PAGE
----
Congress: Pass a clean 2021 budget that benefits the public! Advocacy groups in the Clean Budget Coalition recently called on Congress to pass an upcoming federal budget that funds the things Americans care about, not one that funds corporate interests and undoes essential consumer and environmental safeguards through policy riders. Policy riders are sneaky provisions attached to larger pieces of legislation, and they rarely have anything to do with the actual legislation. Most riders are handouts to big corporations or special favors for moneyed interest groups and could not become law on their own merits. The coalition has insisted that, as Congress prepares and votes on the federal budget for fiscal year 2021, they throw out any appropriations titles, packages of bills, or continuing resolutions that contain “poison pill” policy riders contrary to the public interest. This includes policy riders that would threaten Americans’ ability to obtain safe and healthy food, lift restraints on Wall Street abuses, or deny access to justice, fair housing or healthcare. Learn more.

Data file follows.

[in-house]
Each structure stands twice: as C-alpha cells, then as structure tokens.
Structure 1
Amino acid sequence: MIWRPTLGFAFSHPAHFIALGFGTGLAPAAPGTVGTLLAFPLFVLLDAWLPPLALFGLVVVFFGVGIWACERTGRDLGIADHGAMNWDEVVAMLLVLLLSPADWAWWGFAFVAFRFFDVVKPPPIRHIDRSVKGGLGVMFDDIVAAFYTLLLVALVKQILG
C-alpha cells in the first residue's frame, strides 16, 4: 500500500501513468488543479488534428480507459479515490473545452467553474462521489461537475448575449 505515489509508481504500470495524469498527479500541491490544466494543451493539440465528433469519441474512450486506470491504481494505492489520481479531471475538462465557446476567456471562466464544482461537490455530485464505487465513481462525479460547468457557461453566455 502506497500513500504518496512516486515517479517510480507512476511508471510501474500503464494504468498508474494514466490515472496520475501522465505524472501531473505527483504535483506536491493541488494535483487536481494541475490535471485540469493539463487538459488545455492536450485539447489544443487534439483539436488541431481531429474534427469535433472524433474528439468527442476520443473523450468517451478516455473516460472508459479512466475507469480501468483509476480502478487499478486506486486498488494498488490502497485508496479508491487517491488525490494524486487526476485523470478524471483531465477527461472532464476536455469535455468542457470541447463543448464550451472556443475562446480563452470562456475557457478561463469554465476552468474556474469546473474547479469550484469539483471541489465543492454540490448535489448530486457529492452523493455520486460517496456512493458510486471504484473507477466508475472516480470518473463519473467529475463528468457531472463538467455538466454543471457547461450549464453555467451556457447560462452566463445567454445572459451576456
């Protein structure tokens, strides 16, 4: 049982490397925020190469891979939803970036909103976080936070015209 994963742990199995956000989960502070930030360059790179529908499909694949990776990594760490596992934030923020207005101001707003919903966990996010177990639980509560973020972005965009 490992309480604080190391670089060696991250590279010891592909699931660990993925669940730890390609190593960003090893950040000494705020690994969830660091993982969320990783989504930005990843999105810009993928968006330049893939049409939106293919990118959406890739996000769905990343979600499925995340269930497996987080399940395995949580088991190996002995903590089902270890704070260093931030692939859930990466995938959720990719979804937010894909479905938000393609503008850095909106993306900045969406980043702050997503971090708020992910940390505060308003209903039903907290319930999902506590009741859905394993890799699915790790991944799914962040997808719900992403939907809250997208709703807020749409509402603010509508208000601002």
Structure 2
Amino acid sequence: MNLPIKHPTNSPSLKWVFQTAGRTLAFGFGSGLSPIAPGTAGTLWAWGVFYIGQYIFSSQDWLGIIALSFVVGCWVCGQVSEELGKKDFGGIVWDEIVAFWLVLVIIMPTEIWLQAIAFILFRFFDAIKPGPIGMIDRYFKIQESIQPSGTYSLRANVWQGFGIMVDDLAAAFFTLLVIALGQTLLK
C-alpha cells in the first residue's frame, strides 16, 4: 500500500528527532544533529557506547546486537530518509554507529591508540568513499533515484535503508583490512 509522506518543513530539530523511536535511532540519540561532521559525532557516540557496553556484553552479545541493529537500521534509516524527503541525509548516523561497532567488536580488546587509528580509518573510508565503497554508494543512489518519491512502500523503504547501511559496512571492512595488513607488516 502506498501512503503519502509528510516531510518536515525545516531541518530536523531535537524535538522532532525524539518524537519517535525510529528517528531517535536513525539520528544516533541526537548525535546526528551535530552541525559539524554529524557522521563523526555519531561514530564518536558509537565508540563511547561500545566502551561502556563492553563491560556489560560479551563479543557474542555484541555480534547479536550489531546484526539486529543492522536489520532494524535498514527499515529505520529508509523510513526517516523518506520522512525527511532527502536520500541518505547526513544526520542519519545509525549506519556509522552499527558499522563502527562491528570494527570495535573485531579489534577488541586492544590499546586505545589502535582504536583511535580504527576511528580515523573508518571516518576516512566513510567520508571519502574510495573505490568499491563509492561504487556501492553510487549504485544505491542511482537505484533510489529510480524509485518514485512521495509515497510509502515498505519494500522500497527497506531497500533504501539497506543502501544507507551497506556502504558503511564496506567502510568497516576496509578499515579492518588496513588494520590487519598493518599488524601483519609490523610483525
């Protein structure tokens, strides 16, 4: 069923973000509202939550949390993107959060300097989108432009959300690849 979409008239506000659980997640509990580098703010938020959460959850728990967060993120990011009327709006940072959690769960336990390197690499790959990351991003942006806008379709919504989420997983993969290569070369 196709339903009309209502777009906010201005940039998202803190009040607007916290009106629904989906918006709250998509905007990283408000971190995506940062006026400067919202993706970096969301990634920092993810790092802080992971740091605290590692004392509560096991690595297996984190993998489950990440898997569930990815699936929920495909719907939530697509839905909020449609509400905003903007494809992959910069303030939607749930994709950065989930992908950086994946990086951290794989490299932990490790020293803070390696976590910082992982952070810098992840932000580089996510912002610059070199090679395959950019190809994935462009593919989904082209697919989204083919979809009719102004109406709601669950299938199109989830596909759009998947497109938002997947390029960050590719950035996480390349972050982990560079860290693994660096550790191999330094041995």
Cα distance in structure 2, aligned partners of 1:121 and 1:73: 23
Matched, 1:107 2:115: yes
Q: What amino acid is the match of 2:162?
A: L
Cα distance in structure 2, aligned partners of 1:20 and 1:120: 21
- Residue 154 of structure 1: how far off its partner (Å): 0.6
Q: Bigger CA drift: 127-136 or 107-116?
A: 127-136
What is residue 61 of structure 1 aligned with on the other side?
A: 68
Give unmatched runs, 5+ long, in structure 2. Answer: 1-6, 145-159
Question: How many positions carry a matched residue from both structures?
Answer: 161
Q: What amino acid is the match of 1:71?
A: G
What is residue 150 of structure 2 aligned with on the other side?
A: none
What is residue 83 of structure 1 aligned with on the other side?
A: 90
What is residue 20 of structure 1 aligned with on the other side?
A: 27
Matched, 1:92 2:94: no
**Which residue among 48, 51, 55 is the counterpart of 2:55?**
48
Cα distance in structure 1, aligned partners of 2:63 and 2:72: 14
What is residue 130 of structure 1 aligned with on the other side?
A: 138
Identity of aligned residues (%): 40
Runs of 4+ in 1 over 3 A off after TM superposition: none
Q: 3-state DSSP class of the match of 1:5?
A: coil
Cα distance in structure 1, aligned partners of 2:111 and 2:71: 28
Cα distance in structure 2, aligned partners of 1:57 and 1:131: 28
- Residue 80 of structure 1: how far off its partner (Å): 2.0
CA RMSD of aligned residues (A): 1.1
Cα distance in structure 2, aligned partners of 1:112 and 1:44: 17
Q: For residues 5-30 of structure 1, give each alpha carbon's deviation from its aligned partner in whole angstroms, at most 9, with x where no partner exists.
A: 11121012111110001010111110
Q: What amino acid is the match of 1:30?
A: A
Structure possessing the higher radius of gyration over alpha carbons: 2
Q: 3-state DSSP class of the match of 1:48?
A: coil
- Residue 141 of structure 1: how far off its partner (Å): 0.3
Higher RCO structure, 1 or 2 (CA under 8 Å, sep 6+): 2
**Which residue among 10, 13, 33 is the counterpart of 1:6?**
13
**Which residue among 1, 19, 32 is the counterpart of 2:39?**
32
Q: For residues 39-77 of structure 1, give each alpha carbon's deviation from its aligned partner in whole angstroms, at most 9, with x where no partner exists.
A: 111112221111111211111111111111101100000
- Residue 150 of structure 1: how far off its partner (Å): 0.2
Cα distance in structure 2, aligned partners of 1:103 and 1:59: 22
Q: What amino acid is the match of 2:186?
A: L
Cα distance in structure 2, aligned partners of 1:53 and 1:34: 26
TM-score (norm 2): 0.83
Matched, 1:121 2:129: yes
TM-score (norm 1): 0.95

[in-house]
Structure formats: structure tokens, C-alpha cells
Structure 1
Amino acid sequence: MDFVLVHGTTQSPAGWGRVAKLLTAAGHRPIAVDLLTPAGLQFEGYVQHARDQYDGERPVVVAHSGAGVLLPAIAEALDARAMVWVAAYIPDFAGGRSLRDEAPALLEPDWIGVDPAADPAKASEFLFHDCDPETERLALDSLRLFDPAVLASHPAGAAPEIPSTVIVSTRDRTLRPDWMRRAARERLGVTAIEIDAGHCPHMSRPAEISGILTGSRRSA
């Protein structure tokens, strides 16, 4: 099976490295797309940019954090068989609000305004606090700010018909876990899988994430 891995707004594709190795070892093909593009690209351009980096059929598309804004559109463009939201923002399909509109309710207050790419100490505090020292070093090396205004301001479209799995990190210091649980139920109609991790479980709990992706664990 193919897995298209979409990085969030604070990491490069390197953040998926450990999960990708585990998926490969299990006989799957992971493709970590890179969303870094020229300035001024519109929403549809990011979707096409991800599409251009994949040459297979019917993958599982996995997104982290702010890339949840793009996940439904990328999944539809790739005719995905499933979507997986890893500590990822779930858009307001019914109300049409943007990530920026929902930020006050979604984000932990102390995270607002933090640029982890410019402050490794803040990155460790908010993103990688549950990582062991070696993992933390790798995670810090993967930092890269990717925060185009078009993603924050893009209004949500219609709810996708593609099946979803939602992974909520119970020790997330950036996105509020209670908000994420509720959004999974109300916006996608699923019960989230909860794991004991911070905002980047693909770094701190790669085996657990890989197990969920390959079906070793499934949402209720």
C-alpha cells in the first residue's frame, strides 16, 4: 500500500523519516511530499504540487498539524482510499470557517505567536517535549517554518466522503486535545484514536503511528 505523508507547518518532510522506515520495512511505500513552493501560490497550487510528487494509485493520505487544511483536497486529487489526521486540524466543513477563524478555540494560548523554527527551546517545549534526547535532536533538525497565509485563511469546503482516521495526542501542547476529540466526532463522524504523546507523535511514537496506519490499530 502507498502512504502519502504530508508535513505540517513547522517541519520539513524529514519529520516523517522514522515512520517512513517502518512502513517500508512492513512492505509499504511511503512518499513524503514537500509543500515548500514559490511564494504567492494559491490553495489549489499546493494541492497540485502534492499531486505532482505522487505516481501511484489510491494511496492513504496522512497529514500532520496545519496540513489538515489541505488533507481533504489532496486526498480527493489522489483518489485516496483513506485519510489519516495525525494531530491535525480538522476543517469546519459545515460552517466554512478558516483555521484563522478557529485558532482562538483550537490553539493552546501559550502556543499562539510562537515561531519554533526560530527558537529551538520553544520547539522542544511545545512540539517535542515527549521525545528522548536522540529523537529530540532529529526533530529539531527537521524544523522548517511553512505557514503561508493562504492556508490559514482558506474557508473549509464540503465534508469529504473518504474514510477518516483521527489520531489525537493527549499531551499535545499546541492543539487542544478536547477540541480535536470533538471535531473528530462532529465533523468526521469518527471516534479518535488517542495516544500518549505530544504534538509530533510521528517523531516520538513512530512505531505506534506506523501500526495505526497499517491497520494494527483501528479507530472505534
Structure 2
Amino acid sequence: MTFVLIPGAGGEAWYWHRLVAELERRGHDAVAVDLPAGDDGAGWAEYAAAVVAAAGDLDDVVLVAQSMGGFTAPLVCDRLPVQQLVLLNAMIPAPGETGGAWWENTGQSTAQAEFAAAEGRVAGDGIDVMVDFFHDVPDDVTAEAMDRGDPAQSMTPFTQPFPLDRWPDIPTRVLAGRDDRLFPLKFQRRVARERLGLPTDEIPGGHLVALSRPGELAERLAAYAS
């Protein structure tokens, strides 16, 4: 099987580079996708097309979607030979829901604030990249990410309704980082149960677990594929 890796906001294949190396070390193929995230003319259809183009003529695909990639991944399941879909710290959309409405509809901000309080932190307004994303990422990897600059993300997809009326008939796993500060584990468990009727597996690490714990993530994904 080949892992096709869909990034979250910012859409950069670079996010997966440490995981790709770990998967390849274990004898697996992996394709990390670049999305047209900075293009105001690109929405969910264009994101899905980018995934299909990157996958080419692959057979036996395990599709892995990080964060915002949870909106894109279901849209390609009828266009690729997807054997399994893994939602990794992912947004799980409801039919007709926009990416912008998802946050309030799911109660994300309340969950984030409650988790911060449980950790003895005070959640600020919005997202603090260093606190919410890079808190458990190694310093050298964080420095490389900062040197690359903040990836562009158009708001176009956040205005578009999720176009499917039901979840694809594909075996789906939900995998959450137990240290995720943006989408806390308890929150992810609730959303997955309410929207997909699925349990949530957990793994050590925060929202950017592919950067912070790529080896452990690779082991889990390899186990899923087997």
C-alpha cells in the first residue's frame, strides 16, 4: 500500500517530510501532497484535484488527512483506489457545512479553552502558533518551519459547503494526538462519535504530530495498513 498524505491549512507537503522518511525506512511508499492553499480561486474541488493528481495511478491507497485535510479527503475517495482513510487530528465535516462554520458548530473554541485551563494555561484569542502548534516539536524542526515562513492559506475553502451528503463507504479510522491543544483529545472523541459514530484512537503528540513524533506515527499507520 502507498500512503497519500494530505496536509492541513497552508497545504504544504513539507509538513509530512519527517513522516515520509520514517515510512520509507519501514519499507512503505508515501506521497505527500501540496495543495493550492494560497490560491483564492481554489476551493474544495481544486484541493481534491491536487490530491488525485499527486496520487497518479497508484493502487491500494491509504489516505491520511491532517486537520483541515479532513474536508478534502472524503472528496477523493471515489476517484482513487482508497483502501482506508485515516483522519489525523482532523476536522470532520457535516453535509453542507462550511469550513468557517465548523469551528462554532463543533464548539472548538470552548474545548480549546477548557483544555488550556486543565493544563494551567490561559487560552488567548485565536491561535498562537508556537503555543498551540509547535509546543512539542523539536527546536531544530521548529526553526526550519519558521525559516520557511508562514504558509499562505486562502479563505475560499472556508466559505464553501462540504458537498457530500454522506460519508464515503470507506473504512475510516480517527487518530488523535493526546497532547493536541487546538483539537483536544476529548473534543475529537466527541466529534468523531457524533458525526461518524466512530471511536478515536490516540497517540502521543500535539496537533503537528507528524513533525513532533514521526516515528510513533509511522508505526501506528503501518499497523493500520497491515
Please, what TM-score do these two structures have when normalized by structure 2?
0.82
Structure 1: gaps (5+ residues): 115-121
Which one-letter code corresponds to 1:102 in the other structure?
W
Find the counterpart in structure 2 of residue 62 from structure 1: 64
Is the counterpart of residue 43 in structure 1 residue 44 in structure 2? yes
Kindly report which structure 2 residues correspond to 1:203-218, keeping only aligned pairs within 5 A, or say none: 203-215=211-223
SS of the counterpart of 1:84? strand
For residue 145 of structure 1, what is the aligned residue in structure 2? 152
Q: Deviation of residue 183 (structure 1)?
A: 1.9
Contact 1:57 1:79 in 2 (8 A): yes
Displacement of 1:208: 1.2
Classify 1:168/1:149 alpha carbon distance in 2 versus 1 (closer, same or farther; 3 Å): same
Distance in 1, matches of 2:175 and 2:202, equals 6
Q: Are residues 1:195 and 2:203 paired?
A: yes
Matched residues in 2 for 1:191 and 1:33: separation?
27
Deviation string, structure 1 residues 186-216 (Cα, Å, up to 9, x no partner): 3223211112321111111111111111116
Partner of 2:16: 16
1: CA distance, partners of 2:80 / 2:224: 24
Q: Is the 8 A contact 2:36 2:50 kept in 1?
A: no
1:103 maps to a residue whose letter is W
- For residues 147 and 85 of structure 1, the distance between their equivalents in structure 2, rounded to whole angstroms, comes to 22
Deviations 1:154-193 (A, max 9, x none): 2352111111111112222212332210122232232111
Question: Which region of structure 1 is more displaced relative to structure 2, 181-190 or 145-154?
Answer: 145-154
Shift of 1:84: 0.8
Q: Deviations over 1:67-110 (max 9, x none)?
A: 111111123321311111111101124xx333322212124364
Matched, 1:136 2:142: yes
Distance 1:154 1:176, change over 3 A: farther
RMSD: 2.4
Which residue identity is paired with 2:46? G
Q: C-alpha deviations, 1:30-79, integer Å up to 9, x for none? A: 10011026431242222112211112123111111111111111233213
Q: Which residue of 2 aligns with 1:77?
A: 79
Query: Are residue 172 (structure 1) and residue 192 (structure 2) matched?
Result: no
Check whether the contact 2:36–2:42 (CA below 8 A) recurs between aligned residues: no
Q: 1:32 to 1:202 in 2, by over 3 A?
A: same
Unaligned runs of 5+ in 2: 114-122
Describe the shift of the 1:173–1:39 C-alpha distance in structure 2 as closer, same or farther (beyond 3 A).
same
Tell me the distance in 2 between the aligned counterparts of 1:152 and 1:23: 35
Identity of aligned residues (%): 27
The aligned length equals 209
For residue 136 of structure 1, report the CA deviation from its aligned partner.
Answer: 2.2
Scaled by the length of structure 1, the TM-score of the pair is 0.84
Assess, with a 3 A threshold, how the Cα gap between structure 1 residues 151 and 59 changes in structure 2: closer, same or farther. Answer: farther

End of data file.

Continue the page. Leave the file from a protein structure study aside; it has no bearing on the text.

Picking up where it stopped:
CFPB Watch: Another big bank creates phony customer accounts!

Once again, a big bank is accused of opening phony accounts in customers’ names without their knowledge or consent. The Consumer Financial Protection Bureau (CFPB) has sued Fifth Third Bank for opening unauthorized credit cards, credit lines and other accounts in order to meet sales quotas. Some consumers were even charged fees on these bogus bank accounts!

The Ohio-based institution—one of the largest banks in the Midwest—is accused of opening approximately 1,100 fake accounts. (Consumers may be familiar with a similar type of scandal—at Wells Fargo—which notoriously encouraged its employees to illegally open millions of fake accounts.) According to the CFPB, Fifth Third knew, but did not stop its employees from opening fake accounts—corporate malfeasance that started as far back as 2008.